19.07.2020 Sixteenth Sunday in Ordinary Time
Buckwheat Harvest Summer
1814 – 1875
Museum of Fine Arts
24 [Jesus] put before [the crowds] another parable: “The kingdom of heaven may be compared to someone who sowed good seed in his field; 25 but while everybody was asleep, an enemy came and sowed weeds among the wheat, and then went away. 26 So when the plants came up and bore grain, then the weeds appeared as well. 27 And the servants of the householder came and said to him, ‘Master, did you not sow good seed in your field? Where, then, did these weeds come from?’ 28 He answered, ‘An enemy has done this.’ The servants said to him, ‘Then do you want us to go and gather them?’ 29 But he replied, ‘No; for in gathering the weeds you would uproot the wheat along with them. 30 Let both of them grow together until the harvest; and at harvest time I will tell the reapers, ‘Collect the weeds first and bind them in bundles to be burned, but gather the wheat into my barn.’”
What we said last week about the Parable of the Sower is equally valid to introduce the context of today’s Gospel reading.
It is unlikely that Jesus sat on one single occasion to deliver a series of Parables one after the other.
Matthew has gathered them together in one chapter, probably not to lose the stories that Jesus gave on different occasions, even if the Evangelist who wrote the Gospel of Matthew, could not gather more details about when Jesus spoke each one of them.
Jesus with the crowd: v. 1-35
Parable of the Sower: 3-9
About parables in general: 10-17
Explanation of the Parable: 18-23
Parable of the Darnel and the Wheat: 24-30
Other Parables: 31-15
Jesus alone with his Disciples: 36-52
Parable of the Weeds 36-43
Parables of the Treasure, the Pearl and the Net: 44-50
The Parables of Jesus
One interesting thing about the Parables of Jesus is that they are very focused. With his Parables, Jesus generally wants to convey just one important message. That single important teaching is often to be found in an unexpected detail within the story. Therefore, it is important to discover that unexpected turning point which makes the stories of Jesus so amazing and full of meaning.
The Darnel (bearded darnel or tare - lolium temulentum)
Tare is a poor quality of grain. It is slightly poisonous, causes dizziness and sickness, and has a bitter and unpleasant taste.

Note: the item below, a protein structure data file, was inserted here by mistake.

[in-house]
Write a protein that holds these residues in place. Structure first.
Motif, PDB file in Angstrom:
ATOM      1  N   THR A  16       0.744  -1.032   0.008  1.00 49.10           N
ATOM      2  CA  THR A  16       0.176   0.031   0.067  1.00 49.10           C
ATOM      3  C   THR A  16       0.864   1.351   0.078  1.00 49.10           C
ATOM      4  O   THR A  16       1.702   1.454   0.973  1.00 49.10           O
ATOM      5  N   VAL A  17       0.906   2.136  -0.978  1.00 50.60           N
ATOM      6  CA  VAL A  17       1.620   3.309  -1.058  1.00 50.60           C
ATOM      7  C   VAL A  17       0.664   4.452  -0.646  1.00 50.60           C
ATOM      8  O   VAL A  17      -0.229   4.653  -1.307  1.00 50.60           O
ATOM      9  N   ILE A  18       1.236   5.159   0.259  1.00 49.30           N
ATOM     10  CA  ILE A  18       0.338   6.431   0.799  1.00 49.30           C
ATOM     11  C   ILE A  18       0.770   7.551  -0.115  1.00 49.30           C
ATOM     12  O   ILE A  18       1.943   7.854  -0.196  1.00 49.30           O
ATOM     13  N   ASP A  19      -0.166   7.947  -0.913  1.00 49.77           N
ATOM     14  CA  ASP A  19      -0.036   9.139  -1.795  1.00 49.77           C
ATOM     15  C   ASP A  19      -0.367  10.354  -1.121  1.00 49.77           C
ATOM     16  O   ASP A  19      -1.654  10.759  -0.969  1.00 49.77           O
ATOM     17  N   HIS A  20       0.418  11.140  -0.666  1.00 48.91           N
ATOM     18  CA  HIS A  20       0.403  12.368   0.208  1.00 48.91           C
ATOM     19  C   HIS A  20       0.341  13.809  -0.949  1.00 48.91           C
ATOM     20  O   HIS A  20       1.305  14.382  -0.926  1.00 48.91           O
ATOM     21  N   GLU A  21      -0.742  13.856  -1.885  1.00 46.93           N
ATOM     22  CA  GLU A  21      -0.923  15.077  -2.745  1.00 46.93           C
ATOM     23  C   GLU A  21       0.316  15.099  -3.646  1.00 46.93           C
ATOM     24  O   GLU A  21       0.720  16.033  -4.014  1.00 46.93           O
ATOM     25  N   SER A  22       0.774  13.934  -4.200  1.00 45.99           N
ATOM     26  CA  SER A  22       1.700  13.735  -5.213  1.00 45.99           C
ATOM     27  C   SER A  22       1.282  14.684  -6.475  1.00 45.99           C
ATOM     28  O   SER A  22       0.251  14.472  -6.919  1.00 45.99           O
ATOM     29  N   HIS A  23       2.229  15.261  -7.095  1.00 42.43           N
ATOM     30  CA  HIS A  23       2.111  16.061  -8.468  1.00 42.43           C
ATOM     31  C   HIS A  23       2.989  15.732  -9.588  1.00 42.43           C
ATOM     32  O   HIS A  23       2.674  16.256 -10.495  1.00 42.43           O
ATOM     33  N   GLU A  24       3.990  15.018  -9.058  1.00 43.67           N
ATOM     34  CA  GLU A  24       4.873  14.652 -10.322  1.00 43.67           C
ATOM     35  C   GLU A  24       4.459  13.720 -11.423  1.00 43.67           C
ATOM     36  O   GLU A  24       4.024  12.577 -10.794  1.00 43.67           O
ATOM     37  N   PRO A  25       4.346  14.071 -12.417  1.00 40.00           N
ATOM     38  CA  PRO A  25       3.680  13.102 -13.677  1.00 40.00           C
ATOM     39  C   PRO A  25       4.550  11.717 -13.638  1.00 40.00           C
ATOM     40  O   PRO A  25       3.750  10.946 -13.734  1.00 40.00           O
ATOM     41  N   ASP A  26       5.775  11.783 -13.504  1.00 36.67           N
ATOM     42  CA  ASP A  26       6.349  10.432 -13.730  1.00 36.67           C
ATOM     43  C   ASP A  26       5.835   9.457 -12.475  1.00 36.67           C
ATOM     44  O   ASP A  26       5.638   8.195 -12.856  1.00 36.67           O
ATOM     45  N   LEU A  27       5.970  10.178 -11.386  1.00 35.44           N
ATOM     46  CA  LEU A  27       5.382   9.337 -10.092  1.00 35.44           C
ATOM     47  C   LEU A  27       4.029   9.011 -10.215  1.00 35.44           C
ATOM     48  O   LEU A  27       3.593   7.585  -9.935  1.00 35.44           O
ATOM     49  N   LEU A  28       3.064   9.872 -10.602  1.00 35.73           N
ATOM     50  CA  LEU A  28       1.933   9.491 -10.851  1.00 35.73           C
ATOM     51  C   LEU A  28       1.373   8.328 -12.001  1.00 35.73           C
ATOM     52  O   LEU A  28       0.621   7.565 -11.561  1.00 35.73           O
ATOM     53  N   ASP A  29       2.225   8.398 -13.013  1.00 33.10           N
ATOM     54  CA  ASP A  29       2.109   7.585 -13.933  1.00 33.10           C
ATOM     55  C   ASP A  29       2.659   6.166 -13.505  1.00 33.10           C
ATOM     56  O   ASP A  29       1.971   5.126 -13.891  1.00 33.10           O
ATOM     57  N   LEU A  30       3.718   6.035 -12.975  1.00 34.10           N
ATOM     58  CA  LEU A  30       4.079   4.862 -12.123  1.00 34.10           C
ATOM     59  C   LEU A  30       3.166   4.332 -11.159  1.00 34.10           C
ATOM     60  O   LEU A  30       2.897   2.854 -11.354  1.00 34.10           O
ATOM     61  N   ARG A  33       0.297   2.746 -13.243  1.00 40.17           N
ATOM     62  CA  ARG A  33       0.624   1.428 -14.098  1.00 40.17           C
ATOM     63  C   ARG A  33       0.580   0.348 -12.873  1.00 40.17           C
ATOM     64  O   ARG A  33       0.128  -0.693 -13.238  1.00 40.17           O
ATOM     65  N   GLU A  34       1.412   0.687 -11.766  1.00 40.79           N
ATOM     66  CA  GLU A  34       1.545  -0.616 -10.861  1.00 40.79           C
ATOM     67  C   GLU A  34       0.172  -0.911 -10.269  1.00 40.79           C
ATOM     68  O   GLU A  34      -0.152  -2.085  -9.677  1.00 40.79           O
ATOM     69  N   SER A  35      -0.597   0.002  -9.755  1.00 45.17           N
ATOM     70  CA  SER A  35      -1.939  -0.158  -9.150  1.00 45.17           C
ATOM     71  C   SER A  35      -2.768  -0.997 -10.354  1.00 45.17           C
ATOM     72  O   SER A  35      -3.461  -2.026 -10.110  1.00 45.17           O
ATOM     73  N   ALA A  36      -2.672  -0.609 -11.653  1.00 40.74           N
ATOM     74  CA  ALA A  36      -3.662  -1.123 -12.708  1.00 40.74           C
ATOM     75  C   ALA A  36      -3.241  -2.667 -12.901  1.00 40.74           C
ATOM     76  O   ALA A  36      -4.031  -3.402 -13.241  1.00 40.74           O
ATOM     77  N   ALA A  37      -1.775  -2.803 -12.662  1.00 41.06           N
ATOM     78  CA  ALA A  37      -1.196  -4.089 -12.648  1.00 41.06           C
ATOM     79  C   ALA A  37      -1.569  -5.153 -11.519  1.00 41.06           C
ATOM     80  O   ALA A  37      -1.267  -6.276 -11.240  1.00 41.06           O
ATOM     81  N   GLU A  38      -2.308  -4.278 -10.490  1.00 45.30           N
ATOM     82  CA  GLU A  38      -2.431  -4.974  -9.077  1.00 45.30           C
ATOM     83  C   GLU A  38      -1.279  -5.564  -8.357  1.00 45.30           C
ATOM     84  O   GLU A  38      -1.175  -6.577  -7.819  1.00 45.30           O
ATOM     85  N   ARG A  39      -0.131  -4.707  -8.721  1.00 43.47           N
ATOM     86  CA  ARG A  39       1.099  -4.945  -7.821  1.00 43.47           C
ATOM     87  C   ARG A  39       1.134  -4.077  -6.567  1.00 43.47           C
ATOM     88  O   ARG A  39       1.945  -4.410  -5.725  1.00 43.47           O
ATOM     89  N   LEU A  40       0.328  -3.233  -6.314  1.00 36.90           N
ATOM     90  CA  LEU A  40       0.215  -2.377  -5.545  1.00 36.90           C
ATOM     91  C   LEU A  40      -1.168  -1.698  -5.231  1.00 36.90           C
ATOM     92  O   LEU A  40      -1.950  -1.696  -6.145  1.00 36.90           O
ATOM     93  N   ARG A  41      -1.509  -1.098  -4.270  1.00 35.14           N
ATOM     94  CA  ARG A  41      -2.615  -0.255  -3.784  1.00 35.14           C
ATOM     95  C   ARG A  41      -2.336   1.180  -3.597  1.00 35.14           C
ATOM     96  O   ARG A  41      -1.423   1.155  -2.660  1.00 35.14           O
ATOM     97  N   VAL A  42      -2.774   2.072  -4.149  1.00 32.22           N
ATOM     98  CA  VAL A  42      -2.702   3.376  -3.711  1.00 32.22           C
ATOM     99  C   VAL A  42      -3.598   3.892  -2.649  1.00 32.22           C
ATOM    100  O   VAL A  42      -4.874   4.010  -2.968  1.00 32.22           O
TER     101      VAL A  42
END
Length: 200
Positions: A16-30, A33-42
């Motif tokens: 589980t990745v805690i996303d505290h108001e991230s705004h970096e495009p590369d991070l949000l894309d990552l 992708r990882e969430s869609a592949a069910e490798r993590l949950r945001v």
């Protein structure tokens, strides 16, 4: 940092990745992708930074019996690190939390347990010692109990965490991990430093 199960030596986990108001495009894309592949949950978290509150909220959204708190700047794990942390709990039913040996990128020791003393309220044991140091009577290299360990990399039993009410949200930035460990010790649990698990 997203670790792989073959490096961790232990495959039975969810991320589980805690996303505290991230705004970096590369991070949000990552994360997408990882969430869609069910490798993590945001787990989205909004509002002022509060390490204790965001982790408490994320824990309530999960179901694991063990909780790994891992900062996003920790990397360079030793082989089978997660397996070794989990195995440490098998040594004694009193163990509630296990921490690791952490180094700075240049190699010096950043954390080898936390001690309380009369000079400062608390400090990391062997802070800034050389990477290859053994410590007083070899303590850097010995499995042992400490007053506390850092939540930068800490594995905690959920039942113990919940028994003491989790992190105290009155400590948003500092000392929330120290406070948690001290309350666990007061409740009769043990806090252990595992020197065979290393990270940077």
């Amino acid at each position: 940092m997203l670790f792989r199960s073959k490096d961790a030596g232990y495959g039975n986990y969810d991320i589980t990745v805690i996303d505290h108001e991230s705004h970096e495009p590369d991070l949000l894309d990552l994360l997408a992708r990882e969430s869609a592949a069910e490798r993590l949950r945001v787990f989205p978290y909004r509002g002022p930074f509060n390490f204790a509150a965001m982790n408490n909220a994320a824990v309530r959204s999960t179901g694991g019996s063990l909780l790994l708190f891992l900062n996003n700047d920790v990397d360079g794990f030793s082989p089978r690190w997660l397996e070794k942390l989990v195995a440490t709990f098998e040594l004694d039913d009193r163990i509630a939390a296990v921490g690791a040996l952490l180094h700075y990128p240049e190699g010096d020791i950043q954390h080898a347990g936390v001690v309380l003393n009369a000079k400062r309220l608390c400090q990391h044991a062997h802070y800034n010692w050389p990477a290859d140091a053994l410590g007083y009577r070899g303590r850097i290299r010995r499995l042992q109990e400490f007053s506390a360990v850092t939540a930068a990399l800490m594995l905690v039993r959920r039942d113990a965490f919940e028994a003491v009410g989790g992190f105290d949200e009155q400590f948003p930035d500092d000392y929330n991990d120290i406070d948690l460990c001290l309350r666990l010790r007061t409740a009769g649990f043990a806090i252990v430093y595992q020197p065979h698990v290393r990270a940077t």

Wheat and tare cannot be easily separated at an early stage: not only because it is difficult to distinguish them, but also because their roots are intertwined in such a way that attempting to uproot a weed will cause the good seed to be uprooted as well.
However, it is not difficult to separate them when they grow since the darnel has a slightly grey colour; however, attention is required to avoid potentially serious consequences.
The Turning Point in the Parable
Like the Parable of the Sower, this is an enigmatic Parable. The meaning is not immediately clear, and it admits as many interpretations as the listeners might number.
The sorting out of the good and evil seeds was something customary in ancient Palestine. Therefore, the “servants” are not supposed to ask the master’s advise as what to do, but to wait until harvest time to separate them. Why should they be surprised at all that darnel grows with the wheat?
Again, if the enemy was clever enough to spoil the entire crop, he could think of something easier like for instance setting fire to the collected grain when it is harvested.
Therefore, there is something more intriguing about Jesus’ story:
1. When the darnel is separated at an early stage the only thing one can do with it is to leave it in the ground to be dried by the sun;
2. However, at harvest time, after the tedious and laborious work of separating them, the farmer will be able to take advantage of the discarded weeds: he can burn them and so be able to warm his house with the heat.
The Kingdom of Heaven
Jesus used this Parable to teach about the Kingdom of God: